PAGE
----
Vol. 1 Issue 4, Winter 1997
by Linda Mantini Christen
My paternal grandmother died more than 20 years ago. Countless times I have recalled her face and successfully fashioned an image of it in my mind's eye. I have remembered the pitch and inflection of her voice, as she would open her front door to greet me. "Hello, Doll Baby," she would say, her black eyes smiling and shooting sparks of love.
Even now, I can easily recall the way her permed hair felt against my exploring fingers, when I was eight or nine years old. It felt like curls of cotton, extraordinarily soft and light.
Grams and I spent a lot of time together while I was growing up. And, so, my memories of her are numerous. Most times, they bring me quiet joy. Once in a while, they cause my heart to ache from missing her. That ache rises to my eyes, and tears spill out for a moment or two.
Vivid memories. We've all experienced them. Once inside a vivid memory, we almost feel as though we are reliving that past event.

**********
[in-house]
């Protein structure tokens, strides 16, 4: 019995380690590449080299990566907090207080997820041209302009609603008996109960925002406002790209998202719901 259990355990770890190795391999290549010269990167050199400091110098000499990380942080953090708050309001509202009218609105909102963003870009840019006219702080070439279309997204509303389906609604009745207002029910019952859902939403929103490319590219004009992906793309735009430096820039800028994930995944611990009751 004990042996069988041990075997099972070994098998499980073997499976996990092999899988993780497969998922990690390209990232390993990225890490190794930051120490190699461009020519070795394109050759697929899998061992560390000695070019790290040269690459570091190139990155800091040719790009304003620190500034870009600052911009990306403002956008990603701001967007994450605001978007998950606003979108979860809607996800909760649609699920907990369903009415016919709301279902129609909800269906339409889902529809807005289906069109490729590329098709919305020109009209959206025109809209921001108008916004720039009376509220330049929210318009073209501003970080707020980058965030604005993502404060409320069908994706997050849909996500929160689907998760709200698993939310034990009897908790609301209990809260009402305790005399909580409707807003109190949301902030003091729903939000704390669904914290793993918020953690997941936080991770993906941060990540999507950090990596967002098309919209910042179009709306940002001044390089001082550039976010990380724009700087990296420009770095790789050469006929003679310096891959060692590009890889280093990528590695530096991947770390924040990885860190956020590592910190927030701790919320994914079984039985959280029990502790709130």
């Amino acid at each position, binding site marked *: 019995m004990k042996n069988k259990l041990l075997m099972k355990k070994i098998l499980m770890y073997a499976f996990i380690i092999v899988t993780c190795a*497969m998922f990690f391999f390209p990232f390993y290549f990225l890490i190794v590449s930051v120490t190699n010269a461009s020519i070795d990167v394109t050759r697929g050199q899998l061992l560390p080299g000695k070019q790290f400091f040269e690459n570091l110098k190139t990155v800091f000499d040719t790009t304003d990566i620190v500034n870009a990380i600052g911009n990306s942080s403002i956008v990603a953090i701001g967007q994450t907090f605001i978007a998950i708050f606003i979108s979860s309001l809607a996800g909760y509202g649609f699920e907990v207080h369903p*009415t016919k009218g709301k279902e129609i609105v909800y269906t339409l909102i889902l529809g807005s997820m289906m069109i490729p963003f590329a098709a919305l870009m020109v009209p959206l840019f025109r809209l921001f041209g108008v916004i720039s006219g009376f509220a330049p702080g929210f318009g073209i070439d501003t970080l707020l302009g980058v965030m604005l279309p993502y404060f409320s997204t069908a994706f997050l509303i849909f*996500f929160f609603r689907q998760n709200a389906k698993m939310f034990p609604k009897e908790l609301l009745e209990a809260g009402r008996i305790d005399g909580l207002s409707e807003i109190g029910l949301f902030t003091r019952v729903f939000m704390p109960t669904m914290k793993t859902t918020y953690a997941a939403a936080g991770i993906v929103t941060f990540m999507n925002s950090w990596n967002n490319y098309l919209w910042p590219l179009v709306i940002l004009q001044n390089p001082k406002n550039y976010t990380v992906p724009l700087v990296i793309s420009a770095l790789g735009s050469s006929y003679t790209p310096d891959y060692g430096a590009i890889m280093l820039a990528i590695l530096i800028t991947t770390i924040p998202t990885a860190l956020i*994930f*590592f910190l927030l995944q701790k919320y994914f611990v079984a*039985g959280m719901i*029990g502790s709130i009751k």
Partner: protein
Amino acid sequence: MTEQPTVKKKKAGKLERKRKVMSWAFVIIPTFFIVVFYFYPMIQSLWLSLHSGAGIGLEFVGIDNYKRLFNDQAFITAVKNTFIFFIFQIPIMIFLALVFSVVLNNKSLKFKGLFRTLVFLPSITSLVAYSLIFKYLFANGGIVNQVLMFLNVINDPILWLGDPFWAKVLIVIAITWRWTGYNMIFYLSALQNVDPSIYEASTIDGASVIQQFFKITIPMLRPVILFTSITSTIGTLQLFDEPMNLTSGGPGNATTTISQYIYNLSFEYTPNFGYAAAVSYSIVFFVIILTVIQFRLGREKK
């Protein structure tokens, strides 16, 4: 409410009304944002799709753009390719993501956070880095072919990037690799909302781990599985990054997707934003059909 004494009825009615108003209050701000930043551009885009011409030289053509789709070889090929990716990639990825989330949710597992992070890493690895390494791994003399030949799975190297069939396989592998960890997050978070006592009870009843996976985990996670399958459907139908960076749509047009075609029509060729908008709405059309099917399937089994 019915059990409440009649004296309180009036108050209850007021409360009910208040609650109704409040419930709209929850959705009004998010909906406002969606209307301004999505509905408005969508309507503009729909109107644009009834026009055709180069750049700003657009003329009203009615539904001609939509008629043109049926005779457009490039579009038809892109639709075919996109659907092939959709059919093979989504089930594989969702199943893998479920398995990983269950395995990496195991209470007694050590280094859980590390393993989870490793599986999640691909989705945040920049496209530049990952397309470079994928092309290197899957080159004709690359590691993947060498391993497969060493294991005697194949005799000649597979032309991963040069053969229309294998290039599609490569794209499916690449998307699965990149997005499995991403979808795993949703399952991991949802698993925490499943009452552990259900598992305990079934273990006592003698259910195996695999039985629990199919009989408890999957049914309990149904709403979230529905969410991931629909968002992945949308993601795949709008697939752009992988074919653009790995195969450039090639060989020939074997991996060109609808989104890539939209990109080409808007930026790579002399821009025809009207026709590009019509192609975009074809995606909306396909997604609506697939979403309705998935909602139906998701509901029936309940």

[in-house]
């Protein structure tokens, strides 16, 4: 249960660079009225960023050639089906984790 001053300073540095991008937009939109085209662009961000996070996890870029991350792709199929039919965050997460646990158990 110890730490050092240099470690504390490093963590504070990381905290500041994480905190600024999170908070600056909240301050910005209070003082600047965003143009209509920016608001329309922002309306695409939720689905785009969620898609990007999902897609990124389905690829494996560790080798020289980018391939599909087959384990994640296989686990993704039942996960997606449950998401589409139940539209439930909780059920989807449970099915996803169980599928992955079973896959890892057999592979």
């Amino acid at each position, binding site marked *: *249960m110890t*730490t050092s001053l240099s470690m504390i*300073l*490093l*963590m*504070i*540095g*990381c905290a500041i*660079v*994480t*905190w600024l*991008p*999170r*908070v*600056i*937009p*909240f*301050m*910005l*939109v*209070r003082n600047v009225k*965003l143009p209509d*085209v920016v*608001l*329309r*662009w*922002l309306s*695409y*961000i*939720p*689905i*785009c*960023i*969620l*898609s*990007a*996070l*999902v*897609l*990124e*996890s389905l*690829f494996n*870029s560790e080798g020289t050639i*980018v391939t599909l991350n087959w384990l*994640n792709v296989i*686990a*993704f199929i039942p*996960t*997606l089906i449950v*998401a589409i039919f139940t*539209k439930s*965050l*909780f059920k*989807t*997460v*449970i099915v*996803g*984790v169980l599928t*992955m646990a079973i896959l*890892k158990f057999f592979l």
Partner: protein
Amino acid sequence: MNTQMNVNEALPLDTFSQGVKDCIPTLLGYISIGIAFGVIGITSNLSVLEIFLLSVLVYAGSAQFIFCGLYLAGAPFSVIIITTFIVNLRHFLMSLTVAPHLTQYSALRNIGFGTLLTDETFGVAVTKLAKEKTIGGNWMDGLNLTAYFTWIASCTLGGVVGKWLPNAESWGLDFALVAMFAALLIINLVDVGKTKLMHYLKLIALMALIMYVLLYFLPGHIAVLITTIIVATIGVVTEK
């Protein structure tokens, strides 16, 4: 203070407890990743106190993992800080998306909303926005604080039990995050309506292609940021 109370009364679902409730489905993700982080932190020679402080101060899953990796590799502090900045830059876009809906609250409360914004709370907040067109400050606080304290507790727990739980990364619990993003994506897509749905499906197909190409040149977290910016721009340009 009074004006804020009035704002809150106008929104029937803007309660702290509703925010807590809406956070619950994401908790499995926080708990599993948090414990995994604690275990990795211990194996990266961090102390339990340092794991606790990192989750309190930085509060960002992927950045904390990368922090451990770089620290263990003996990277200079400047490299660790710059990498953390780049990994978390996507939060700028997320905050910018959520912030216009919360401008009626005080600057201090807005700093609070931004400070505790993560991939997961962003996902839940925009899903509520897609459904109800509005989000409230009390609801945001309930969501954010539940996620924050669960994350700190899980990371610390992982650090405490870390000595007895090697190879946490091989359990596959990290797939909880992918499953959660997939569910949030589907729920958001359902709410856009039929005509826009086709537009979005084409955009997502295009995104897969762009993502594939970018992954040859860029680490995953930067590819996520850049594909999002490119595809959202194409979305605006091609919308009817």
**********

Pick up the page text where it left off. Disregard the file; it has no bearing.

Indeed, memories deal with the past. Presence is a phenomenon of the here and now. There's no mistaking one for the other. Aside from wonderful memories, I have also experienced my grandmother's formless presence.
The first time this occurred was on the morning of her bodily death. Grams was in the hospital. I was attending college and phoned my mother from the student union, to check on Grams' condition. Gently, my mother informed me that she had died.
I had always written her letters -- from band camp, from the beach, from Uncle Jim's in Philadelphia. But, this time she was the traveler. And there would be no postcard saying "wish you were here." I left for home immediately. When I arrived at our house, no one else was there. Insulated drapes of tan and green brocade stretched across the picture window in the living room. I quickly pulled them open.